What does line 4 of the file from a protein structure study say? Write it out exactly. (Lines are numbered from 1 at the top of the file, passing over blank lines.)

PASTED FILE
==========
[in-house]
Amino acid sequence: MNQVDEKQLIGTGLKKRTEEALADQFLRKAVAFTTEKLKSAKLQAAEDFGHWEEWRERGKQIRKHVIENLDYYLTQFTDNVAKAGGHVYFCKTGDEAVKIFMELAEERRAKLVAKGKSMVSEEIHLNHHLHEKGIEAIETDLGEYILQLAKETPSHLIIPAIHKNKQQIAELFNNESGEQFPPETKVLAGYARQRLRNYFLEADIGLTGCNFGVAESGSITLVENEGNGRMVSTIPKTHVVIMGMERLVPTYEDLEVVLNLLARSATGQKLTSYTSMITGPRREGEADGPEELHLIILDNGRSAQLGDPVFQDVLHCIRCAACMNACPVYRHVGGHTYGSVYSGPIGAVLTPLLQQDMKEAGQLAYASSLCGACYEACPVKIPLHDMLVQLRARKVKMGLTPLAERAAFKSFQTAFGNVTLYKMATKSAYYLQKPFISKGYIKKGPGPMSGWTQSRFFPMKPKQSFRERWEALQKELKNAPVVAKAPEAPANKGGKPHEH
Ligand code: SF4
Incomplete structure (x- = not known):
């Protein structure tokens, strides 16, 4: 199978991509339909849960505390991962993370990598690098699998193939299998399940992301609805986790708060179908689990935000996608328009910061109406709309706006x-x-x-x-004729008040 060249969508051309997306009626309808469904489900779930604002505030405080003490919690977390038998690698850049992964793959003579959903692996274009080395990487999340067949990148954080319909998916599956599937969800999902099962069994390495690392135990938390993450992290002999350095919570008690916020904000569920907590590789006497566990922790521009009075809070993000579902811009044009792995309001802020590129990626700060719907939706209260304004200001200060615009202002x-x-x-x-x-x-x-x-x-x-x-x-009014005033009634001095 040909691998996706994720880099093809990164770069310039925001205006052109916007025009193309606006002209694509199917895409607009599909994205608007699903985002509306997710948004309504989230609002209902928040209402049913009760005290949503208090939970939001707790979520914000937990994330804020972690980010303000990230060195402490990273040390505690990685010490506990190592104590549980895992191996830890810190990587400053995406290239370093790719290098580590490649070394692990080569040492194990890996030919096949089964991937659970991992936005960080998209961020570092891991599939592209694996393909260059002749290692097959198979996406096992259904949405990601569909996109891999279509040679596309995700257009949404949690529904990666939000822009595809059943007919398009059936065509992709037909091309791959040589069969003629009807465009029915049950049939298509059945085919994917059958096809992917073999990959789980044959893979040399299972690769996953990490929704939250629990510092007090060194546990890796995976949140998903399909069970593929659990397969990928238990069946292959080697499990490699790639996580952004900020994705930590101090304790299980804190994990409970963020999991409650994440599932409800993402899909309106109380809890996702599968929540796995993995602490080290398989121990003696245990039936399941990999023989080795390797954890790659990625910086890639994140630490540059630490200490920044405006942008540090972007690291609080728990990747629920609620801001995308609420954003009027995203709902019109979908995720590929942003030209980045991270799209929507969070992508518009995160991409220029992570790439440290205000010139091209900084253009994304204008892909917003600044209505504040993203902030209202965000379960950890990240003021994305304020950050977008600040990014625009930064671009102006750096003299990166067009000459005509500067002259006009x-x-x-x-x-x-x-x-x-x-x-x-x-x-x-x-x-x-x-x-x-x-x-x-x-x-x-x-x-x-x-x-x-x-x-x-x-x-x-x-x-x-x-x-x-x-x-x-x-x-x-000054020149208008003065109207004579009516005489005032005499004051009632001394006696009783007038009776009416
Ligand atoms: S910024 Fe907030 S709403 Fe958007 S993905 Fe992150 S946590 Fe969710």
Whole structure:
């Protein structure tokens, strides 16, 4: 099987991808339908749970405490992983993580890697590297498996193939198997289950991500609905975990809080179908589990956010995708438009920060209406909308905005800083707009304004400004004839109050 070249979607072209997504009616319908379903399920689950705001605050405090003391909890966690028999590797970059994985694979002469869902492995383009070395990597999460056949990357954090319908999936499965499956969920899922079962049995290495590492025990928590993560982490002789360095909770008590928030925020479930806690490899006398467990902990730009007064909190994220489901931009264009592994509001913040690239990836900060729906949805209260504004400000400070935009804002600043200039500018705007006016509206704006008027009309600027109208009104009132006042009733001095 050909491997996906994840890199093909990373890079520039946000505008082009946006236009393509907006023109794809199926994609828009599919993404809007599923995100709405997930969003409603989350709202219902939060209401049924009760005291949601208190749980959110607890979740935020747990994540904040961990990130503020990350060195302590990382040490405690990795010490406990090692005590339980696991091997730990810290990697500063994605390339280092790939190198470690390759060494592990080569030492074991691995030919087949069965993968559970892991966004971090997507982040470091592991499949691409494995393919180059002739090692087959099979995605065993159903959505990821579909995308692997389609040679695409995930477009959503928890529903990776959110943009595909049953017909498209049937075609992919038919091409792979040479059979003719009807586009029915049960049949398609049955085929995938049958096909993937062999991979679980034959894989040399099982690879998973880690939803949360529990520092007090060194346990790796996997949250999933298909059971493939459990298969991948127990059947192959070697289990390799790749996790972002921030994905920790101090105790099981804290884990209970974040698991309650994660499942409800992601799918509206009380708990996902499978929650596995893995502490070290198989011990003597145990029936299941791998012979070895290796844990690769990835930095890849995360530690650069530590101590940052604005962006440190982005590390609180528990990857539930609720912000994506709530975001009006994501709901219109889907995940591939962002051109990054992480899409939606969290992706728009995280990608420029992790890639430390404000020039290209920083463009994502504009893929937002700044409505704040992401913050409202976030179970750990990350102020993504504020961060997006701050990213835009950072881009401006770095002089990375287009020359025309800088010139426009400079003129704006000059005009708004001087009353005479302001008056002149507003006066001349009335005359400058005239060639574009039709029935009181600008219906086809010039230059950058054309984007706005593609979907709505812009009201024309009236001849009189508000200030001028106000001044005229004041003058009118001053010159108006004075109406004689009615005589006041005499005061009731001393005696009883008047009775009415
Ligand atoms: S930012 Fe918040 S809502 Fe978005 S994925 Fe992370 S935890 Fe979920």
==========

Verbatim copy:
Incomplete structure (x- = not known):